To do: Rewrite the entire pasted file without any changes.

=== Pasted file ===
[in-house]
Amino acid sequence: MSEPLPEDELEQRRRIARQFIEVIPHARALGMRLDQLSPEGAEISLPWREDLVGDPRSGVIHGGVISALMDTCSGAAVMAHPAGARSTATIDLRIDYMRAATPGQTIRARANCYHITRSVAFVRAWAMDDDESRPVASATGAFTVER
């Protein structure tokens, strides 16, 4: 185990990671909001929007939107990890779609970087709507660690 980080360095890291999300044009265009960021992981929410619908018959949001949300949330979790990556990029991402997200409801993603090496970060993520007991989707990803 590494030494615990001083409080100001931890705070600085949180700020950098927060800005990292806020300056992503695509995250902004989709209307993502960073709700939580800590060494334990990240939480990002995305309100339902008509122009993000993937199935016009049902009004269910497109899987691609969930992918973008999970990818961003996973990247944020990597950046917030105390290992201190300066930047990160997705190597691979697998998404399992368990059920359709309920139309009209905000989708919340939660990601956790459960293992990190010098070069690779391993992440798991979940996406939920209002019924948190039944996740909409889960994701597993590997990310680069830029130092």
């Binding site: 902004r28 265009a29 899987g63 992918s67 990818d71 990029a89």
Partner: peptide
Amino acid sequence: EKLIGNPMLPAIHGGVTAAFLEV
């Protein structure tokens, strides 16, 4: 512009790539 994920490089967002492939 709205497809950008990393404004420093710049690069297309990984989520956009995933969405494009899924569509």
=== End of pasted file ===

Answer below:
[in-house]
Amino acid sequence: MSEPLPEDELEQRRRIARQFIEVIPHARALGMRLDQLSPEGAEISLPWREDLVGDPRSGVIHGGVISALMDTCSGAAVMAHPAGARSTATIDLRIDYMRAATPGQTIRARANCYHITRSVAFVRAWAMDDDESRPVASATGAFTVER
């Protein structure tokens, strides 16, 4: 185990990671909001929007939107990890779609970087709507660690 980080360095890291999300044009265009960021992981929410619908018959949001949300949330979790990556990029991402997200409801993603090496970060993520007991989707990803 590494030494615990001083409080100001931890705070600085949180700020950098927060800005990292806020300056992503695509995250902004989709209307993502960073709700939580800590060494334990990240939480990002995305309100339902008509122009993000993937199935016009049902009004269910497109899987691609969930992918973008999970990818961003996973990247944020990597950046917030105390290992201190300066930047990160997705190597691979697998998404399992368990059920359709309920139309009209905000989708919340939660990601956790459960293992990190010098070069690779391993992440798991979940996406939920209002019924948190039944996740909409889960994701597993590997990310680069830029130092």
């Binding site: 902004r28 265009a29 899987g63 992918s67 990818d71 990029a89």
Partner: peptide
Amino acid sequence: EKLIGNPMLPAIHGGVTAAFLEV
């Protein structure tokens, strides 16, 4: 512009790539 994920490089967002492939 709205497809950008990393404004420093710049690069297309990984989520956009995933969405494009899924569509």